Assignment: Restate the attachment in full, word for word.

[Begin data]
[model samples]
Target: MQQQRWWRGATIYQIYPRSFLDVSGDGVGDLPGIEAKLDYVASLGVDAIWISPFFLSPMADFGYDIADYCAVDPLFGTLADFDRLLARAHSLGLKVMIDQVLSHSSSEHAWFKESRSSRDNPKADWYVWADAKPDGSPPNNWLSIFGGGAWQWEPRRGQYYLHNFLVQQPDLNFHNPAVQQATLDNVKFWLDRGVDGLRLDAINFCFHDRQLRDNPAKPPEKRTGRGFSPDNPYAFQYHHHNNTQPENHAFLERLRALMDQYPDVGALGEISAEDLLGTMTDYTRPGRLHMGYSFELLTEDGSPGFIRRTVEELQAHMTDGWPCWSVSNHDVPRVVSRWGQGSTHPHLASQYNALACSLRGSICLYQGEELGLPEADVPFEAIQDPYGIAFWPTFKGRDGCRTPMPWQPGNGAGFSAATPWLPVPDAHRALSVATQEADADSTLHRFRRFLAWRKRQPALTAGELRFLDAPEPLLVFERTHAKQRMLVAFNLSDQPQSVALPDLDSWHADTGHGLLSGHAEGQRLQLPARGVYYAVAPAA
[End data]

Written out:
[model samples]
Target: MQQQRWWRGATIYQIYPRSFLDVSGDGVGDLPGIEAKLDYVASLGVDAIWISPFFLSPMADFGYDIADYCAVDPLFGTLADFDRLLARAHSLGLKVMIDQVLSHSSSEHAWFKESRSSRDNPKADWYVWADAKPDGSPPNNWLSIFGGGAWQWEPRRGQYYLHNFLVQQPDLNFHNPAVQQATLDNVKFWLDRGVDGLRLDAINFCFHDRQLRDNPAKPPEKRTGRGFSPDNPYAFQYHHHNNTQPENHAFLERLRALMDQYPDVGALGEISAEDLLGTMTDYTRPGRLHMGYSFELLTEDGSPGFIRRTVEELQAHMTDGWPCWSVSNHDVPRVVSRWGQGSTHPHLASQYNALACSLRGSICLYQGEELGLPEADVPFEAIQDPYGIAFWPTFKGRDGCRTPMPWQPGNGAGFSAATPWLPVPDAHRALSVATQEADADSTLHRFRRFLAWRKRQPALTAGELRFLDAPEPLLVFERTHAKQRMLVAFNLSDQPQSVALPDLDSWHADTGHGLLSGHAEGQRLQLPARGVYYAVAPAA